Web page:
As most of my readers know I love attending fan cons and since this is a brand new year, I thought it would be a good idea to offer 5 Tips for attending a con.
1.) Plan ahead
At the beginning of each year I look at what Cons will be happening locally. I tend to keep it as local as possible for various reasons, which I'll get into in each tip. I go to Google and type in Cons near my town and see what pops up. I sometimes will also ask people who are interested in the same subject I am if there is anything coming up near me. Make note of the dates, places and costs associated with each one.
Here's the tricky part. Everyone, especially these days, is on a budget. It's not like we can spend thousands and thousands of dollars on these Cons, unless you have that kind of money. Once you've made a list of the Cons that interest you, figure out how much each will cost. Factor in not only the Con fee but traveling, food, hotel, and free money for souvenirs for each one on the list. Then figure out how much you have, or are willing, to spend on Cons for the year.
Once you have your list of the ones you're interested in and the cost associated with each, sit down and pick them out. Keep in mind if you're a writer or small business, would any of the Cons listed be beneficial to you and what you do? What are the workshops or networking opportunities offered? Since I am a Steampunk writer, I can use the Steampunk Cons as a write off. The same for any writing cons. For 2013 I'll be attending: GearCon, which is a Steampunk Con in Portland, OR; Kumoricon which is Anime in Vancouver, WA; Emerald City Writer's Conference in Seattle, WA (not a fan con); and possibly OryCon, which is a Sci-fi Con in Portland, OR. Each of these Cons offer workshops from writing to costuming to just the general thought process. Last year at GearCon I was able to sit in a class of Bartisu, which is a type of martial arts that uses canes. Sherlock Holmes used this style of fighting that was very popular with gentlemen of the Victorian era. Kumoricon was more about my children, but I learned some great costume ideas for women my size.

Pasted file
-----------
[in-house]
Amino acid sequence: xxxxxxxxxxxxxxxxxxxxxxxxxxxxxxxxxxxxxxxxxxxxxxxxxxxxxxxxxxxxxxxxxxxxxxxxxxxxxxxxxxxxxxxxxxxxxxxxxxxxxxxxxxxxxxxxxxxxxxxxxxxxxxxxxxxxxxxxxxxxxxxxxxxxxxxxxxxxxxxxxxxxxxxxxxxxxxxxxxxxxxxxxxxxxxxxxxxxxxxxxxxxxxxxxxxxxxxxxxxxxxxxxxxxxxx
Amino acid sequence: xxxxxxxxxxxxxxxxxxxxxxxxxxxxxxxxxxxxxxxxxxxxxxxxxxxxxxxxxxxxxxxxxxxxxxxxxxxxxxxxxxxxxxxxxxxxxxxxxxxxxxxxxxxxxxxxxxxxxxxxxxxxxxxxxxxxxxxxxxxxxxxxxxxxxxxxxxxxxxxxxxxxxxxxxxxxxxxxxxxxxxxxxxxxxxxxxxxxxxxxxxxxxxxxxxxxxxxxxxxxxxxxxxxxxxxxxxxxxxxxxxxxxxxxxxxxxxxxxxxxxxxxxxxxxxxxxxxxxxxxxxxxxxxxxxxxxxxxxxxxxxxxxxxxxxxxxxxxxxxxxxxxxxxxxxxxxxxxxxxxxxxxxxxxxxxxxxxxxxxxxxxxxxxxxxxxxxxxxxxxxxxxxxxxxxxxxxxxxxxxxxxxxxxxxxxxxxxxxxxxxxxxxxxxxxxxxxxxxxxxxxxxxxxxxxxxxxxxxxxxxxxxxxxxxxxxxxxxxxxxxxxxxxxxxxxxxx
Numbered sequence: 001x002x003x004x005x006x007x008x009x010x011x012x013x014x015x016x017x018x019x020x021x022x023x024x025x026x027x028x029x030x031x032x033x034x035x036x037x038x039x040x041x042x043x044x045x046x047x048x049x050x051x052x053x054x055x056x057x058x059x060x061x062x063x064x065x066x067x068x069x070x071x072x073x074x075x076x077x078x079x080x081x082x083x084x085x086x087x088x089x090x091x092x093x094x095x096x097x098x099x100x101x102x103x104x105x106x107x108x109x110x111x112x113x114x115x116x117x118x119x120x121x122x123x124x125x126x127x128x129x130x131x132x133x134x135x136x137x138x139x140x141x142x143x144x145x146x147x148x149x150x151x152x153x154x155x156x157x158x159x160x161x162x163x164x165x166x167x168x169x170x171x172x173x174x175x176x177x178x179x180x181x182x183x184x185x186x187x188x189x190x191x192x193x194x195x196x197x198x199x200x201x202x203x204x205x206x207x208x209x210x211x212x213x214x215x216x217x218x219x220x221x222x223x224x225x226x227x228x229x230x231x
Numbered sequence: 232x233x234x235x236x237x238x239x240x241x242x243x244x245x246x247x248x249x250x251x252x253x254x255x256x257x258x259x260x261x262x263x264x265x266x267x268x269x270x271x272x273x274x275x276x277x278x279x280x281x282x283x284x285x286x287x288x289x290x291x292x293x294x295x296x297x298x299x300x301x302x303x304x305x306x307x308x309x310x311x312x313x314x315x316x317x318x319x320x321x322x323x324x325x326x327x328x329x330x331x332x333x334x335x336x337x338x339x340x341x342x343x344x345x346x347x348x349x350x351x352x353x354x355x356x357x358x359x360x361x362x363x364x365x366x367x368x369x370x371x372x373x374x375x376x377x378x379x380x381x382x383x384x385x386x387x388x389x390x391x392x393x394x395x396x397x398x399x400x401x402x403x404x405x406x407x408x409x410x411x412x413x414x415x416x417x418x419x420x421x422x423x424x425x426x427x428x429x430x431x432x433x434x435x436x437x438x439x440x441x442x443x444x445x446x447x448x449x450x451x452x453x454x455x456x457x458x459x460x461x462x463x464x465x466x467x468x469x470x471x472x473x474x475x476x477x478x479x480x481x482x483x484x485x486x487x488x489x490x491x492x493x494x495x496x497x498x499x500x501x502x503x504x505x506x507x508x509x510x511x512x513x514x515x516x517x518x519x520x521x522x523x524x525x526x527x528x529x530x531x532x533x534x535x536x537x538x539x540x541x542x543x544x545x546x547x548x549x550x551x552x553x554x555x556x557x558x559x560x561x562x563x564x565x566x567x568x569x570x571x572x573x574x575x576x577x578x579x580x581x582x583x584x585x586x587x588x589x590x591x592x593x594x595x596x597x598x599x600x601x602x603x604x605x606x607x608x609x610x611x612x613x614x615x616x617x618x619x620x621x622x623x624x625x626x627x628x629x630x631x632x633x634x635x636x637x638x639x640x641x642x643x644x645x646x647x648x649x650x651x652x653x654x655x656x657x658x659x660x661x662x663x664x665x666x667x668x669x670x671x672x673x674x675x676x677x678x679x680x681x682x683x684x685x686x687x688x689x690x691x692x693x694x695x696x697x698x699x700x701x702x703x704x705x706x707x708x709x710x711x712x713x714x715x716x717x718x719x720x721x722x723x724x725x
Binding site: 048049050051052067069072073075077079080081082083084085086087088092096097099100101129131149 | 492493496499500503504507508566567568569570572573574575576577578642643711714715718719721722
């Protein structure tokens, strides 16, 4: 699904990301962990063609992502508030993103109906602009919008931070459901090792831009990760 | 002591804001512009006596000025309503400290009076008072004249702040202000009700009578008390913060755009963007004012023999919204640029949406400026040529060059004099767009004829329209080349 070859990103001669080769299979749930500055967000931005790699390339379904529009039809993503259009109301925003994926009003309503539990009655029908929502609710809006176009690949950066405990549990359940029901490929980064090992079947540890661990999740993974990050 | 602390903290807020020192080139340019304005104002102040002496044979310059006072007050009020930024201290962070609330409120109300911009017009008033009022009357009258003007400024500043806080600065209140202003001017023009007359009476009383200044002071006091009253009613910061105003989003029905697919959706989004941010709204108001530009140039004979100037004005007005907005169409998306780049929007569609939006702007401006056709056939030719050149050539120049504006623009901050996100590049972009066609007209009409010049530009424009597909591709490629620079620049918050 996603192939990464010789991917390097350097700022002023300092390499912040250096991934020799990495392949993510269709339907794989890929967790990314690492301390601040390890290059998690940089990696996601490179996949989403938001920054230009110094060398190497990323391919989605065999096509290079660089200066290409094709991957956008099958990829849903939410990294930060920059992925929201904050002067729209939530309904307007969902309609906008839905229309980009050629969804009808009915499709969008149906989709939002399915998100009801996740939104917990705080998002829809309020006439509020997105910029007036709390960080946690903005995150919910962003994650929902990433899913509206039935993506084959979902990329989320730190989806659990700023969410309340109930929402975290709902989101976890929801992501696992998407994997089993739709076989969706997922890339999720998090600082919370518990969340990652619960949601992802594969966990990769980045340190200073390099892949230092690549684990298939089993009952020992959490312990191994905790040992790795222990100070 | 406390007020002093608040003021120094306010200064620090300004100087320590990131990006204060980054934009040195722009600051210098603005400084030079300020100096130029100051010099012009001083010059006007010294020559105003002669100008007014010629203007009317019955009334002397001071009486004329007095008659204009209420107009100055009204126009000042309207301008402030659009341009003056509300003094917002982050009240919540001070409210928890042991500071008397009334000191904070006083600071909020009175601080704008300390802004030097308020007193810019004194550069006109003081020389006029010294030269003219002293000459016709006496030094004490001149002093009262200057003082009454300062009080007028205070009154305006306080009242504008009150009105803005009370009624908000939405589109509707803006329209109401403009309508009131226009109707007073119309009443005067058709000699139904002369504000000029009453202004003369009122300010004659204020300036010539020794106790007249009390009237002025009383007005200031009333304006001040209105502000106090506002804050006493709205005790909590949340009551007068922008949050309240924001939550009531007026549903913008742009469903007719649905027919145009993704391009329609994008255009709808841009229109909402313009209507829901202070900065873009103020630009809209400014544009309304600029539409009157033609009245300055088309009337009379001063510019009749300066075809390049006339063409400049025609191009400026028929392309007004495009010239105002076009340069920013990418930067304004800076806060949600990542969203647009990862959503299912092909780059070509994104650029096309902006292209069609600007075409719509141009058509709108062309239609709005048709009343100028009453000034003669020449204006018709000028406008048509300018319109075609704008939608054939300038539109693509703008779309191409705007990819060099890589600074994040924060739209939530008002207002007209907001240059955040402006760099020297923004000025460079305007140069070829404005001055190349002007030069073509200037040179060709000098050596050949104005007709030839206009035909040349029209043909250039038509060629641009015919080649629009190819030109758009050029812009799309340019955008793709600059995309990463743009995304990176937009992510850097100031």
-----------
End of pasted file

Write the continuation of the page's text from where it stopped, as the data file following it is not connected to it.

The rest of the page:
4.) What to take
Make a list of the things you should take and what you need to take. Think about whether you're spending the night or the weekend. Or you might decide to go for only a day which means you only need to take what you need for that single day. If your money is tight and the registration fee doesn't include food, most Cons don't mind you bringing your own. Costumes, and how you are going to store them is something else to think about. When I go to Emerald City, my budget is usually just enough for dinner on Saturday night and becuse I'm usually up before anyone else, I take my own breakfast, usually bagels with cream cheese. When we go to a Con for a day we take a lunch and drinks.
5.) Have Fun
And the best advice I can give you, is to have fun. These cons are meant to be a fun way to enjoy being with other people who enjoy the same thing as you. Sometimes lifelong friendships will start at a Con. You'll be amazed at the freedom it gives you.
Now here's a challenge for you. What Cons happen in your area? I'd also be happy to answer any questions you have.